Introduction to Google’s Data Highlighter Tool

- January 15, 2013

In the past we have covered the value of utilizing rich snippets which present search engine users with more detailed information about what is contained on the page before they click through to it. If you are unfamiliar with what rich snippets are, or the possible benefits from using them, take a look at two of our blog posts that cover the subject:

Now that you are familiar with rich snippets, it’s important to keep up to date with resources and tools that can make you or your web team more efficient. It is in this interest that Google has released the Data Highlighter Tool. This tool allows you to tag the data fields on your website using a mouse and does not require any coding. Currently, only event data is able to be marked up using the Data Highlighter, but Google says that more data types will be supported soon!

Event data that can be marked up includes:

  • Name — The event name.
  • Date — The date, date and time, or date range of the event.
  • Location — The venue name and address of the event.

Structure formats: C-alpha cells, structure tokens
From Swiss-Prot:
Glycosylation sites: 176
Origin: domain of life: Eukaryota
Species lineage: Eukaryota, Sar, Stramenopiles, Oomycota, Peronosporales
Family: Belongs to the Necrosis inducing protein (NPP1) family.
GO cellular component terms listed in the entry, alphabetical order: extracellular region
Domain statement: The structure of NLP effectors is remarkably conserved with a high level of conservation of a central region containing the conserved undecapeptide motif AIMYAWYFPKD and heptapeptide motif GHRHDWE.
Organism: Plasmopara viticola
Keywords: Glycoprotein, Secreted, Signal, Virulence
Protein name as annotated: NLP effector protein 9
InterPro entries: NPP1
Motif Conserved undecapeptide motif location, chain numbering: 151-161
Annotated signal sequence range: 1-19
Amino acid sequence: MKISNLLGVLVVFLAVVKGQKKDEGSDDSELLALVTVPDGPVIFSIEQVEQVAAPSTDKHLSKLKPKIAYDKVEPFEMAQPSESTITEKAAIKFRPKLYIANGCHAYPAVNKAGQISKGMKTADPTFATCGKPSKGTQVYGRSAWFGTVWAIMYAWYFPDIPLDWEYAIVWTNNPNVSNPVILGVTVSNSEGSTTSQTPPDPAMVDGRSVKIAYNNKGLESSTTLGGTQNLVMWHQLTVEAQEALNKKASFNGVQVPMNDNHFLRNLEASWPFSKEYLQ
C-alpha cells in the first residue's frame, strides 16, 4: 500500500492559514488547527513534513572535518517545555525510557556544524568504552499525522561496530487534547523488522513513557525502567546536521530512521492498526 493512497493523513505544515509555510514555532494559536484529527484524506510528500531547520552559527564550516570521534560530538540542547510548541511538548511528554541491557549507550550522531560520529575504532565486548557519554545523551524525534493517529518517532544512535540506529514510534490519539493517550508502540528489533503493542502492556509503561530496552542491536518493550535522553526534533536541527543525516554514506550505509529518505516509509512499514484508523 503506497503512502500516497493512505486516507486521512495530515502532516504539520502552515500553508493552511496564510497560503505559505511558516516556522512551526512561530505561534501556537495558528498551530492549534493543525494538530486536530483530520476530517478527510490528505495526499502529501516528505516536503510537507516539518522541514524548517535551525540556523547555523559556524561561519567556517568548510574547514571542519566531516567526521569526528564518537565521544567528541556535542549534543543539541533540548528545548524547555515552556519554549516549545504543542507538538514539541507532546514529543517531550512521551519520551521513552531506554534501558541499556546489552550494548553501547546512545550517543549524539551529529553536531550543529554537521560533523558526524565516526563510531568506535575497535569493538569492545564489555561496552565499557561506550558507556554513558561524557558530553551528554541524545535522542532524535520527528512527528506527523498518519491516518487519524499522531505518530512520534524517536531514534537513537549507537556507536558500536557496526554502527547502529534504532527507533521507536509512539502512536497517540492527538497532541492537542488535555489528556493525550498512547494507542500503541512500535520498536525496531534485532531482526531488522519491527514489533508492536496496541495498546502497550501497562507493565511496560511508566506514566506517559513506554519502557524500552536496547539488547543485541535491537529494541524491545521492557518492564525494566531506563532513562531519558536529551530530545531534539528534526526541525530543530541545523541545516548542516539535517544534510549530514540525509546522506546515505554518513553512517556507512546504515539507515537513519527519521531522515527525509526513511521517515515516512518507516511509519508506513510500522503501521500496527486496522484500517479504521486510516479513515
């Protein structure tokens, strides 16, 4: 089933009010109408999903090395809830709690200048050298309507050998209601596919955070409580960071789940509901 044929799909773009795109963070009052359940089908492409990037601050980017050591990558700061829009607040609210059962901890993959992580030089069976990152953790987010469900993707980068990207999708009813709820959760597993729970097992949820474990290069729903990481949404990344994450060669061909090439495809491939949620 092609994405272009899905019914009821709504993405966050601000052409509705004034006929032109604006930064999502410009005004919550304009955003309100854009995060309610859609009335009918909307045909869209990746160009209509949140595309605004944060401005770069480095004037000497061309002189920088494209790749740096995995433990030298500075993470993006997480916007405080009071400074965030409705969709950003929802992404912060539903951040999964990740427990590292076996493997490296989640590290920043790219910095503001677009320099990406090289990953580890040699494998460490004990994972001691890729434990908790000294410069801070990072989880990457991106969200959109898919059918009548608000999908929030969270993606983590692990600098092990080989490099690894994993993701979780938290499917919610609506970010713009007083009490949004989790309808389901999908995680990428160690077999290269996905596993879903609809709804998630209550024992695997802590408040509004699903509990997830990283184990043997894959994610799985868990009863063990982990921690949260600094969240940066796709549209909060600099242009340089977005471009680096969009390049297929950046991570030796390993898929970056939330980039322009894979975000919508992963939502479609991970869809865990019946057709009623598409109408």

• Image — An image describing the event.
  • Official URL — The URL to the official website of the event.
  • Category — The category of the event.
  • Performer — A performer in the event.
  • Ticket offer — A description of the price information and the price of admission.

Additionally, it is important to note that the data highlighter can only be used on pages that have been recently crawled by their spider Googlebot. One easy way to see if the page has been crawled is to check to see if Google has a recent cached version of the page. This can be accomplished by:

  • Copying the specific URL of the page you want to check
  • Typing cache: and then pasting the URL after the colon

For example –

If Google has a recently crawled and cached version of the page, the page will load with a box near the top that looks similar to the following screen grab:

This tool will be expanded by Google in the near future to support more types of structured data, but if you are more eager to learn about it now, visit the Google’s Data Highlighter page here:  

Do you see this as being an easier or more efficient way to mark up the structured data of your website? A more detailed post on how to use Google’s Data Highlighter will follow this one, so check back with our SEO blog to learn more.

You Might Also Like:

  1. How to Use Google’s Data Highlighter | The Basics | The Search Engine Optimization Blog @ MoreVisibility
  2. Tools for Implementing and Testing Structured Data Markup | SEO Blog – MoreVisibility

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